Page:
The CPT was administered after the last day of sleep recording in 27 participants (73%), between 3 days after or before the end of the recording in seven participants (18.9%) and 6 days after recording for one child. Two children completed the CPT task a few weeks before the sleep recordings. The CPT was administered in the morning to 26 children (50.1%) and in the afternoon to 18 children (40.9%); on weekdays to 34 children (77.3%) and during the weekend to 10 children (22.7%). BRIEF data were collected as part of the clinical evaluation of the child no more than 1 month before the sleep recording. Data on medication use were collected on the clinical interview and further confirmed on sleep diary. All measures were taken during the school year.

Statistical Analysis

Potential relationships between the sleep measures and behavioral and cognitive measures were first assessed using the Pearson correlations. Age- and gender-adjusted T-scores were used when examining the CPT and the BRIEF measures. In order to limit the number of comparisons, only the three BRIEF general indexes were used in the analyses. Given that age was strongly correlated with TST, r(41) = −.52, p < .001, TST was examined using partial correlations controlling for age. Because age, gender, and use of medication can affect both sleep and the CPT and BRIEF measures, significant correlations were followed by multiple linear regression analyses in order to control for these potential confounders. Before conducting the analyses, data were checked for normality and collinearity assumptions and the presence of outliers. No outlier was detected. No variable deviated significantly from normality based on the Shapiro–Wilk Test and from visual inspection of the residuals. No collinearity was identified using the criteria of tolerance higher than 0.5. All analyses were conducted using PASW Statistics (version 17, Chicago, IL, USA) and statistical significance was set at 0.05.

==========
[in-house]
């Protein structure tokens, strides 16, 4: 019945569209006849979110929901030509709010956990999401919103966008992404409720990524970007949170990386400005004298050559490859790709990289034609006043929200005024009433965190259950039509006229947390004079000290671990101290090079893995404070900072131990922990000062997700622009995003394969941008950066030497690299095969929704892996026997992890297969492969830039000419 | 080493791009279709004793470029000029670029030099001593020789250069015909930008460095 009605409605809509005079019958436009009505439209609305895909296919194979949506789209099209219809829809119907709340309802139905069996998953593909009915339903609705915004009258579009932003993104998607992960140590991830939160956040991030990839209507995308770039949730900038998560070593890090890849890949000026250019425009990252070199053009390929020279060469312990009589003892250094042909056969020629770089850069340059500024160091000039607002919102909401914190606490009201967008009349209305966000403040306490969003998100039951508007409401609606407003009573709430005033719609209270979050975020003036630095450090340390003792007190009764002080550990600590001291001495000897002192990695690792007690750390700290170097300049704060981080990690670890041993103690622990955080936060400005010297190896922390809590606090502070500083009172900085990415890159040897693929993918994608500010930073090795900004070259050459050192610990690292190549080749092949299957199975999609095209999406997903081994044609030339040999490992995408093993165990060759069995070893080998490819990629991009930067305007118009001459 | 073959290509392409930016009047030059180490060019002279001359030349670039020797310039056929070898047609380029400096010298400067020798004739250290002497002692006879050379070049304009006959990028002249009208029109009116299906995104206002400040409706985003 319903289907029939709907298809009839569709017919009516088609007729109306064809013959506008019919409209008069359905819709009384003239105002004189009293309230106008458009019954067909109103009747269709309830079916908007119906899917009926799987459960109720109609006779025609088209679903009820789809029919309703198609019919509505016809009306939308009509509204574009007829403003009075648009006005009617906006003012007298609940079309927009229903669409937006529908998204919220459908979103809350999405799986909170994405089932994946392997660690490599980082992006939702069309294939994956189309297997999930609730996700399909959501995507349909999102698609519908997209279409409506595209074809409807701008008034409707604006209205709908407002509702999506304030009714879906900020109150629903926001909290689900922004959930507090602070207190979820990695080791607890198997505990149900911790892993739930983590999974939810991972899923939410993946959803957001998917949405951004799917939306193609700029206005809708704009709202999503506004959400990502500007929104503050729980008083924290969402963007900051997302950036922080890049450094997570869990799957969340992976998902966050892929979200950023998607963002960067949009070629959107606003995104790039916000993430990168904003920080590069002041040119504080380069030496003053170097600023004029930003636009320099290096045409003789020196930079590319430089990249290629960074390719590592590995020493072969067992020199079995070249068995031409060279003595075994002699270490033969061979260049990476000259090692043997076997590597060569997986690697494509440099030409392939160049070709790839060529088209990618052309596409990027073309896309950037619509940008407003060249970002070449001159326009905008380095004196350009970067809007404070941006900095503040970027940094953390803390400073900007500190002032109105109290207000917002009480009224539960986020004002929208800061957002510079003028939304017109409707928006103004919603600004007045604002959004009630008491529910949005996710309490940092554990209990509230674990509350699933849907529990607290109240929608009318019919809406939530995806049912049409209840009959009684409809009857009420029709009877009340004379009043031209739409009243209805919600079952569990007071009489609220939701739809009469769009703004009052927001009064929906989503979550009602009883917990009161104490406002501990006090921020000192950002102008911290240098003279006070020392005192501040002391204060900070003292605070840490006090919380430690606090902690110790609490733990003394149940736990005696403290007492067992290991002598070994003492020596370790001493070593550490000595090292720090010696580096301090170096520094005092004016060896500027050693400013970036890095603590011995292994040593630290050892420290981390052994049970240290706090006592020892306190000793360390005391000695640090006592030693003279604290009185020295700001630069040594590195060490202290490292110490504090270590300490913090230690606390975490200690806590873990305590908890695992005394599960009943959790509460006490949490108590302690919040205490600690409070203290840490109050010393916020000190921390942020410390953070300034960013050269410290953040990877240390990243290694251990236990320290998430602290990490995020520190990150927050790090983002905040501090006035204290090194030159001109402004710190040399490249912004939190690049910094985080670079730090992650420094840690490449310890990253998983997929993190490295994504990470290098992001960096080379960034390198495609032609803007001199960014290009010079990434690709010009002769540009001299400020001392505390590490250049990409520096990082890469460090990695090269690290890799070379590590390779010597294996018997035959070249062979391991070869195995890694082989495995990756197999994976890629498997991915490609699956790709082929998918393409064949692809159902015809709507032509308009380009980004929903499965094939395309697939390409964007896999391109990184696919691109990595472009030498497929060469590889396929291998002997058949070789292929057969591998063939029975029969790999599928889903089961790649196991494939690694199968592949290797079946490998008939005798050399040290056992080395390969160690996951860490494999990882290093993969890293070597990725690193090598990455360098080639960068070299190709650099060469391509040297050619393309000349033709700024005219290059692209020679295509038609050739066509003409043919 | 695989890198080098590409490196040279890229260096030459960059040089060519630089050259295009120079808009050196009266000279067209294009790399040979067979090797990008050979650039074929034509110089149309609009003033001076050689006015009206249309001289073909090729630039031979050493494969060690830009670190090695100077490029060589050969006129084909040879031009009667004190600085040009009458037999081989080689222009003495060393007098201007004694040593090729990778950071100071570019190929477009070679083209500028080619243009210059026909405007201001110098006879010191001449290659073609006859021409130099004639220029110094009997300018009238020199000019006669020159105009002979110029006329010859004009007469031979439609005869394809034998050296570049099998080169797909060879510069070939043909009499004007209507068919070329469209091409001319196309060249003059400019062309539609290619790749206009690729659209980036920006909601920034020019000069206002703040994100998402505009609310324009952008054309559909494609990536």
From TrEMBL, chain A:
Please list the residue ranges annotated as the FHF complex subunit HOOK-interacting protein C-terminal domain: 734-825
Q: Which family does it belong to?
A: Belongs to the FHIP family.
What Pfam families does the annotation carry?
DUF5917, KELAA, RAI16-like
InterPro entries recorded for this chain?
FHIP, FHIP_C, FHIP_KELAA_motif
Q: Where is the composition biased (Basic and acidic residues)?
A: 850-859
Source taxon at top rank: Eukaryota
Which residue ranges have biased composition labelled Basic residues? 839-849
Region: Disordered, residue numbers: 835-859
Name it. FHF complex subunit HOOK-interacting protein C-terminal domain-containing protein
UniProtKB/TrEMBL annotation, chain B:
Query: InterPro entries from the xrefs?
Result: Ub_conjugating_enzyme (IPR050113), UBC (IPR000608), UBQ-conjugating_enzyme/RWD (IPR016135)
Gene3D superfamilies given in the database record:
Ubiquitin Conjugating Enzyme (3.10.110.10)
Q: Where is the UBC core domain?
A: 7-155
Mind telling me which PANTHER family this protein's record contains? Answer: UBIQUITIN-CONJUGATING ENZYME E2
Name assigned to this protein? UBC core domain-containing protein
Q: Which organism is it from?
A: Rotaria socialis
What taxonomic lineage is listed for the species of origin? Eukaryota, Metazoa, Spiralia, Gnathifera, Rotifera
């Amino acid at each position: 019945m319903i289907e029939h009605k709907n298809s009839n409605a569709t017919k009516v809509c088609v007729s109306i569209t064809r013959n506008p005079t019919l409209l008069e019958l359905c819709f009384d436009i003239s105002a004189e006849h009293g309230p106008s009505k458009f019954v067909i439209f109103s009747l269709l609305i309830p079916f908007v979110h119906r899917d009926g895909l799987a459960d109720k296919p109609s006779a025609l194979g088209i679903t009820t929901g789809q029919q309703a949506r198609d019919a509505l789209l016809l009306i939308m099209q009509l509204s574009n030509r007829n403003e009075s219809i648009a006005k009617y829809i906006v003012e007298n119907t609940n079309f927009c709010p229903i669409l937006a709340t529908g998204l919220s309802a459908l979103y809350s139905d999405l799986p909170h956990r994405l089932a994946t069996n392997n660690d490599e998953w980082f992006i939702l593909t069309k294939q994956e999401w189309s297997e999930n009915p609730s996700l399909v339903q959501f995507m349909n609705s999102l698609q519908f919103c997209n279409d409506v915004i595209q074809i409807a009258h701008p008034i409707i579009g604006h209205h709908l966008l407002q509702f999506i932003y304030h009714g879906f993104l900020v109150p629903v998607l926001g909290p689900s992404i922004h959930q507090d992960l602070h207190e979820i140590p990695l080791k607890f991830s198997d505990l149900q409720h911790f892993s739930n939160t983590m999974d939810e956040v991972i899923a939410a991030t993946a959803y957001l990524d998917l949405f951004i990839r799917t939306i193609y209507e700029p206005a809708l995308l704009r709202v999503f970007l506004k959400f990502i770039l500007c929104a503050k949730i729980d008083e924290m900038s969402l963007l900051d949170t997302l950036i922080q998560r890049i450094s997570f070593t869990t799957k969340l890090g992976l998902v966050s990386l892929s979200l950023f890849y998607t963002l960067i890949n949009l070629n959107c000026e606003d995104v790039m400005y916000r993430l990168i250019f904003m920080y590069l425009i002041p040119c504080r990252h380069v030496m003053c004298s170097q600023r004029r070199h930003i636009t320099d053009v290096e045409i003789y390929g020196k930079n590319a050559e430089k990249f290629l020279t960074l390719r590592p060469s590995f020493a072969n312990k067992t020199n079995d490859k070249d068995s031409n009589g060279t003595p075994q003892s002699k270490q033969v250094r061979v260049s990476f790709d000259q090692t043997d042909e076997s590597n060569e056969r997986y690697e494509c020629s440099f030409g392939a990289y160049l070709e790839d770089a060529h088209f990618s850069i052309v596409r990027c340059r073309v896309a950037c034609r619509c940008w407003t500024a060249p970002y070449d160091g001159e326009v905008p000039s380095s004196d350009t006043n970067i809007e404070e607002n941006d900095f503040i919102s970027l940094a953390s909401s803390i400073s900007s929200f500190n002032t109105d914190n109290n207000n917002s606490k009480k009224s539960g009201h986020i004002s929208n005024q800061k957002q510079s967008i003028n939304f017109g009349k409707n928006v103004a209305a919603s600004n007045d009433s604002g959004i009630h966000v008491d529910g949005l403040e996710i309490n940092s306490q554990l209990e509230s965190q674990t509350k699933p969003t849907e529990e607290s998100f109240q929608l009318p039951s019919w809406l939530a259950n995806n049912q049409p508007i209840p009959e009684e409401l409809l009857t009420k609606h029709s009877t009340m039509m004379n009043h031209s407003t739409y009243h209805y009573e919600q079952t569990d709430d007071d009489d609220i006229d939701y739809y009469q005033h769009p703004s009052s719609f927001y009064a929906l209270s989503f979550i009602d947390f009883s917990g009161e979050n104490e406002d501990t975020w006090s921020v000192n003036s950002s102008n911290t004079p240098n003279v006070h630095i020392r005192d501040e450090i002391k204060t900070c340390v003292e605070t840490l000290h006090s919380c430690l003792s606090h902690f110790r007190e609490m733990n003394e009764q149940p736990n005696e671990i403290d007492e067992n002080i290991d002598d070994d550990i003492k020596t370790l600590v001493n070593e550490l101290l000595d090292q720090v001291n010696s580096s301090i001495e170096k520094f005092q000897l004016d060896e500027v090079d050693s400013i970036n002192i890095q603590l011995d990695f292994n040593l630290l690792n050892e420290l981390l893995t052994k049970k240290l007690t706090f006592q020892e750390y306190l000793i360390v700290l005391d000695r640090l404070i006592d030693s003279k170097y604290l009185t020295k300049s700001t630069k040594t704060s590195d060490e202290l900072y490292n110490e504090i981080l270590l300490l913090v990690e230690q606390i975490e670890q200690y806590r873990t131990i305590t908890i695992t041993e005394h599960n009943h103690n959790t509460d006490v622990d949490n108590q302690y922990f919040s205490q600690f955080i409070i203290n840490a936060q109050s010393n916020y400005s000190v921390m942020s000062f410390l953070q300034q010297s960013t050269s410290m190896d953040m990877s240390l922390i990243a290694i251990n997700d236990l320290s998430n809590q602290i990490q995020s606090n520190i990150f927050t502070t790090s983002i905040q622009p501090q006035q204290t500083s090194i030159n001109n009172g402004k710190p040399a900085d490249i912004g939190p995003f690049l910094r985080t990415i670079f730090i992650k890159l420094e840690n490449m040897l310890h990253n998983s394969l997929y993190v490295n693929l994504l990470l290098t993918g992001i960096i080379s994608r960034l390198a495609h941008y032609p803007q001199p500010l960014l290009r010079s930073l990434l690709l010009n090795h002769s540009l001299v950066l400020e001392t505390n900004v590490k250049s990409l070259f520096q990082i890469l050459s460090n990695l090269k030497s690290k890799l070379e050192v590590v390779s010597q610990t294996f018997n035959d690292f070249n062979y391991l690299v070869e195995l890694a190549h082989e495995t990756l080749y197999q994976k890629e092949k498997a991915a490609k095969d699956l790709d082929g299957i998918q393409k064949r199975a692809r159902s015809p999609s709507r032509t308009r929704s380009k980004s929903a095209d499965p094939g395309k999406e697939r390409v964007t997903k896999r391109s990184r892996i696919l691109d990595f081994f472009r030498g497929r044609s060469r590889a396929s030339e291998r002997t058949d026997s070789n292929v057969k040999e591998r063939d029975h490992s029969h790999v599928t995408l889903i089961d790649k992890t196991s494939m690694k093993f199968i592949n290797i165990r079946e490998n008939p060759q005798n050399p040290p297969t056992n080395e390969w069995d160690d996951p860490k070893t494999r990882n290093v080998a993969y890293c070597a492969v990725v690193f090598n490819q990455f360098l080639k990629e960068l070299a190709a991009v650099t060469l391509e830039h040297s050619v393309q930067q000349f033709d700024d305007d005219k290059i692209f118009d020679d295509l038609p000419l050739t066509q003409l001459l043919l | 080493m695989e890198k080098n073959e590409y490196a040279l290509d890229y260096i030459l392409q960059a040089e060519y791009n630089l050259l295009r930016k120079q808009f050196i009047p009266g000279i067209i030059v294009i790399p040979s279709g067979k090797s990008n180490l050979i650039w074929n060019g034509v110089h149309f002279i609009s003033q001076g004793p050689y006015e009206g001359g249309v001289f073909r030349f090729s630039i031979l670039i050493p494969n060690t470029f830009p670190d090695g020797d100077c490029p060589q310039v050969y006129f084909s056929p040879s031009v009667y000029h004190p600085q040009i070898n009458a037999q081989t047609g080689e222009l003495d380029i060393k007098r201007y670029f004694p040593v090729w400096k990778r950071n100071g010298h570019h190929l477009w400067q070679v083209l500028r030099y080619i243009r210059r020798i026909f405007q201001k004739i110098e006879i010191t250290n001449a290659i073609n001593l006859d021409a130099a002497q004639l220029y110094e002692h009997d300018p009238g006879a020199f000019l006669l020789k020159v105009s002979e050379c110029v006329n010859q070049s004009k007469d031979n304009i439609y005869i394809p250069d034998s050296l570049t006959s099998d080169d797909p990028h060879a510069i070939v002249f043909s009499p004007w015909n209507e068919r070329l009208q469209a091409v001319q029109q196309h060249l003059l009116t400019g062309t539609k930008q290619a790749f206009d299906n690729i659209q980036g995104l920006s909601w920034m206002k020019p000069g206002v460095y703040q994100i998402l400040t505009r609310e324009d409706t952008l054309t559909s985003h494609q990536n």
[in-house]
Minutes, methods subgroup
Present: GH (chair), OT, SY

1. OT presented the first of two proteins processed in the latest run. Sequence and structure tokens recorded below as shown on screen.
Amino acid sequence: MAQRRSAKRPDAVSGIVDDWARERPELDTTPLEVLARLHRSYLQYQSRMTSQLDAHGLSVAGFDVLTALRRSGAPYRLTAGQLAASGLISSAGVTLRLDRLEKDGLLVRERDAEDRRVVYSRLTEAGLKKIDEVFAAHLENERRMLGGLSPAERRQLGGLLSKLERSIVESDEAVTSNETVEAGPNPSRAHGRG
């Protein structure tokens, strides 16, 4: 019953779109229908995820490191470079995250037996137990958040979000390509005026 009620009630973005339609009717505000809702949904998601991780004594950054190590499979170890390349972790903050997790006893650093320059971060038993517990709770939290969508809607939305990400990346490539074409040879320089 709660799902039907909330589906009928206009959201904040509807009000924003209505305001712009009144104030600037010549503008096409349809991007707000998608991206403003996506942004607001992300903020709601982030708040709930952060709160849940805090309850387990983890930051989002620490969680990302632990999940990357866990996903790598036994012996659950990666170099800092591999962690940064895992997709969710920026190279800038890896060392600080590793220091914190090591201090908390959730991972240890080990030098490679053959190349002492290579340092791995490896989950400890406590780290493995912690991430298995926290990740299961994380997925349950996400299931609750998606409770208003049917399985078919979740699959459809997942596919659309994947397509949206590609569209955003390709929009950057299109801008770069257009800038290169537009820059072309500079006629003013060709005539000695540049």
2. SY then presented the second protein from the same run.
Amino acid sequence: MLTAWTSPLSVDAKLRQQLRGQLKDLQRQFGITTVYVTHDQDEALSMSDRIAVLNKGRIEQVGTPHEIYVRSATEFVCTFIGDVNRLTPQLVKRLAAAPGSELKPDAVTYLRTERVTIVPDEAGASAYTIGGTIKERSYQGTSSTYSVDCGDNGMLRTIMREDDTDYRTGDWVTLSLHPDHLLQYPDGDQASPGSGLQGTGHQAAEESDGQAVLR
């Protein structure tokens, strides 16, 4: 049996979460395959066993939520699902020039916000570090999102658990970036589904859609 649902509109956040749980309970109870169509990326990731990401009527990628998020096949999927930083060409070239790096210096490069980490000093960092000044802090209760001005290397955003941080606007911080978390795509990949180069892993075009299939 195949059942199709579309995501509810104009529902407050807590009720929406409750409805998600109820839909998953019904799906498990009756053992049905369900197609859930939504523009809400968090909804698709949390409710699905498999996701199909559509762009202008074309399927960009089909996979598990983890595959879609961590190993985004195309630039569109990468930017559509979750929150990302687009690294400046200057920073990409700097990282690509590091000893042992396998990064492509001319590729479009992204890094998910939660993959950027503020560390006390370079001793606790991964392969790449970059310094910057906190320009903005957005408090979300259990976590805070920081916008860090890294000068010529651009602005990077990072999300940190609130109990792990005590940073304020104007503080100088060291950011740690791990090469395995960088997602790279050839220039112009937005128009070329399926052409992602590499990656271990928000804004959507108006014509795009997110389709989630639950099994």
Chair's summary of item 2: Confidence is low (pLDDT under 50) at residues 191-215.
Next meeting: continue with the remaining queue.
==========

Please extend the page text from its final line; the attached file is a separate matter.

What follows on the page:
Results

Demographic information including ADHD subtype, medications, and comorbid diagnoses can be found in Table 1.

Table 1.

Demographic and descriptive characteristics of the sample (n = 43)

Age in months (mean [SD]) 120.09 (21.59) 
Gender (n [%]) 
 Boys 25 (58.1) 
 Girls 18 (41.9) 
ADHD subtype (n [%]) 
 Inattentive 23 (53.5) 
 Hyperactive/Impulsive 2 (4.7) 
 Combined 18 (41.9) 
 IQ (mean [SD]) 99.22 (12.6) 
Medication (n [%]) 
 None 12 (27.9) 
 Extended-release psychostimulant 19 (44.2) 
 Immediate-release psychostimulant 3 (7.0) 
 Atomoxetine 6 (14.0) 
 Atomoxetine and psychostimulant 3 (7.0) 
Comorbid diagnosis (n [%])a 
 None 27 (62.8) 
 Learning Disability 8 (18.6) 
 Communication Disorder 5 (11.6) 
 Oppositional Defiant Disorder 4 (9.3) 
 Generalized Anxiety Disorder 2 (4.7) 
Age in months (mean [SD]) 120.09 (21.59) 
Gender (n [%]) 
 Boys 25 (58.1)